Most printers know that the angle of the squeegee blade to the mesh affects the amount of ink deposited. A lower or more acute angle will deflect more ink down through the mesh and on to the garment. For manual printing, we find that the optimal angle is 40-45 degrees. The angle can be measured with a 25 cent plastic protractor from eighth-grade math class. Just don’t rotate your wrists when printing, and be very sensitive to locking your wrists at the optimal angle.
Speed of the print stroke is also important. A faster stroke moves more ink across the screen rather than depositing the ink onto the garment. So to print white ink on black shirts without flash curing, the stroke speed should be slower than normal. A good way to produce a consistently slower speed is to set the squeegee angle and pressure, then step back holding the squeegee rather than pulling the arms back. The movement will be slower and more consistent.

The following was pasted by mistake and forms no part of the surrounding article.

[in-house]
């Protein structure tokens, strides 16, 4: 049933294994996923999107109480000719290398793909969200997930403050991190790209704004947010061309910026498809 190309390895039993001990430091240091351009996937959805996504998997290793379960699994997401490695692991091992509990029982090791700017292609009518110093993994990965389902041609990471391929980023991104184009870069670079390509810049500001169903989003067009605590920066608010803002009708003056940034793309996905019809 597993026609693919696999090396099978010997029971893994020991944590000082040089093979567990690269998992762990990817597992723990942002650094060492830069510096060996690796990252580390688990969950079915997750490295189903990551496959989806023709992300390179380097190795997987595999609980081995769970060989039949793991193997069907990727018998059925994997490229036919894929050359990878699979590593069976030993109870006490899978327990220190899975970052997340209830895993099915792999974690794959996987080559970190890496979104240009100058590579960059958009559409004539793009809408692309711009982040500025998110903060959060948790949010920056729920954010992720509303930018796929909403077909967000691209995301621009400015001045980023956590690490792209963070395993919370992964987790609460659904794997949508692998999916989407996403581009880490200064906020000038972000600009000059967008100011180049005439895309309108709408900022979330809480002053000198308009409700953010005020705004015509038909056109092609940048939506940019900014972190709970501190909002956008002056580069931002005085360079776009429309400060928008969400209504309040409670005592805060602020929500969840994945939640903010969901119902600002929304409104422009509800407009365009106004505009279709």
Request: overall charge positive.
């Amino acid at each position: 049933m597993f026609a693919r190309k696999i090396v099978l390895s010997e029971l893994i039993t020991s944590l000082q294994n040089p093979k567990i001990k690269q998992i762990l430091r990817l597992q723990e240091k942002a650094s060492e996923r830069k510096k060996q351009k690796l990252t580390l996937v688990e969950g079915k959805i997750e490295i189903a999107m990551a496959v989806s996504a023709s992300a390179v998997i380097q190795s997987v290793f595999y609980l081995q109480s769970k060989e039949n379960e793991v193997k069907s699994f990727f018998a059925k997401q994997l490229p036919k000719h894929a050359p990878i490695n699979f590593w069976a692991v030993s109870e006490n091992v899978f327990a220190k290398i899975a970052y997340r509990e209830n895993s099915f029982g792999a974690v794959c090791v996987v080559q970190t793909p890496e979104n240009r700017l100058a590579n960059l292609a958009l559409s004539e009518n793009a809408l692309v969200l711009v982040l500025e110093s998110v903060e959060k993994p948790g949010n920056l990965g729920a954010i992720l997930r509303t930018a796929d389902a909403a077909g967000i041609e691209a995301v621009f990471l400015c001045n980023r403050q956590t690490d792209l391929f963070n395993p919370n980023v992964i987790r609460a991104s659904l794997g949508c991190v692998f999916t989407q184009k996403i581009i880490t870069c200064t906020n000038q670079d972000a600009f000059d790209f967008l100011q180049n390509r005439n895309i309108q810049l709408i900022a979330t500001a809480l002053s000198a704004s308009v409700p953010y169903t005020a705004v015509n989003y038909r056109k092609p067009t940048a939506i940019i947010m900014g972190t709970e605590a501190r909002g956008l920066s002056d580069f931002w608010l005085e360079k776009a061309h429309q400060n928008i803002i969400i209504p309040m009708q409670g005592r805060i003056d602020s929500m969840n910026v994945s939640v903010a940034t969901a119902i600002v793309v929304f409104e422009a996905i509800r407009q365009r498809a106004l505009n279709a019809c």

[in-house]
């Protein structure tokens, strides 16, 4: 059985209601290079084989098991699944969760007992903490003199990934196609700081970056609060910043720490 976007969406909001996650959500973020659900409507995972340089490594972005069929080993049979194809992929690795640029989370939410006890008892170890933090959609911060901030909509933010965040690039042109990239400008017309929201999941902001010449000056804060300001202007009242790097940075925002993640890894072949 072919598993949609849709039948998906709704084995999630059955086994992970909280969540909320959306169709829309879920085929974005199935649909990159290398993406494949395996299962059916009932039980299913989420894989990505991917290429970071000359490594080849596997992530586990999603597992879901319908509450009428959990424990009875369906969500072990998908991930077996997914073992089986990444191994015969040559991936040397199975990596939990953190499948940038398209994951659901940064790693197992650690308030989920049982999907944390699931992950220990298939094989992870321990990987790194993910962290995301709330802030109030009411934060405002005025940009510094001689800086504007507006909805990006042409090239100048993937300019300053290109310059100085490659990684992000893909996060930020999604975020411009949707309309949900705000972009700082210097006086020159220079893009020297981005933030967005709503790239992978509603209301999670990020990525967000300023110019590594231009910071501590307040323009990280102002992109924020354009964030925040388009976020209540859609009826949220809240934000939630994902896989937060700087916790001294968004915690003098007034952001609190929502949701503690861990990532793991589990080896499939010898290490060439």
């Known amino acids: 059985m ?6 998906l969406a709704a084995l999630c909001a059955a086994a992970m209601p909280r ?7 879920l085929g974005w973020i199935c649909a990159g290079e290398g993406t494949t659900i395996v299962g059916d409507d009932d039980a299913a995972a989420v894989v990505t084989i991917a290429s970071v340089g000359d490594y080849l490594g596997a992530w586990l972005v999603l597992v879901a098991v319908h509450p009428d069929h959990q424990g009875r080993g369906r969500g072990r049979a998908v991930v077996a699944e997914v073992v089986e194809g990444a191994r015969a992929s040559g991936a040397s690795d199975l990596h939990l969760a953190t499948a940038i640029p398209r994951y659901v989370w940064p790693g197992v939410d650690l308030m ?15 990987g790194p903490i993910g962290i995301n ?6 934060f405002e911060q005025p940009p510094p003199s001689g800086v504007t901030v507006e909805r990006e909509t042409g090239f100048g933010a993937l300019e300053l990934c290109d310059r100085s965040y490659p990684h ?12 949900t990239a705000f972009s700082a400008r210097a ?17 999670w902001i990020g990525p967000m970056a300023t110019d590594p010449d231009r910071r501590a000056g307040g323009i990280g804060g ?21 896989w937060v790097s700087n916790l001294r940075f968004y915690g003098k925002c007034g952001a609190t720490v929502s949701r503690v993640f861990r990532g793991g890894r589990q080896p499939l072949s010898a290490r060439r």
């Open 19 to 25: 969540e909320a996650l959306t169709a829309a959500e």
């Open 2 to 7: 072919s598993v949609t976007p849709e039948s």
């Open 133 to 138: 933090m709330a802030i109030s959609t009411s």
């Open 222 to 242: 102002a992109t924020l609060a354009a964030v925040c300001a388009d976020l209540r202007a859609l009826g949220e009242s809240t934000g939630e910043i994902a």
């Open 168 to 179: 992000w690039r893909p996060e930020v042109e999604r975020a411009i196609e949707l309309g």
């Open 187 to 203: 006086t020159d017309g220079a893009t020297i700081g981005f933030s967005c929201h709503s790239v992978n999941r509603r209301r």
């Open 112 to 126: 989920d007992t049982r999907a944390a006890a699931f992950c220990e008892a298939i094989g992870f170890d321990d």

One pass of the squeegee
One of the simplest steps a screen printer can take is to set up using eighth-inch Plexiglas on the platen. The screens should be checked for flatness before being coated with stencil. Plate glass such as that on the exposure unit is typically flat, but should be checked with a metal straight edge to make sure there is no bow to the glass. The flat screen is put in the press and brought down on top of the Plexiglas sheet which has been placed on the platen. The color arm of the press needs to be resting on the off-contact bolt. If a press has more than one registration gate, then all off-contact bolts must be set at exactly the same height.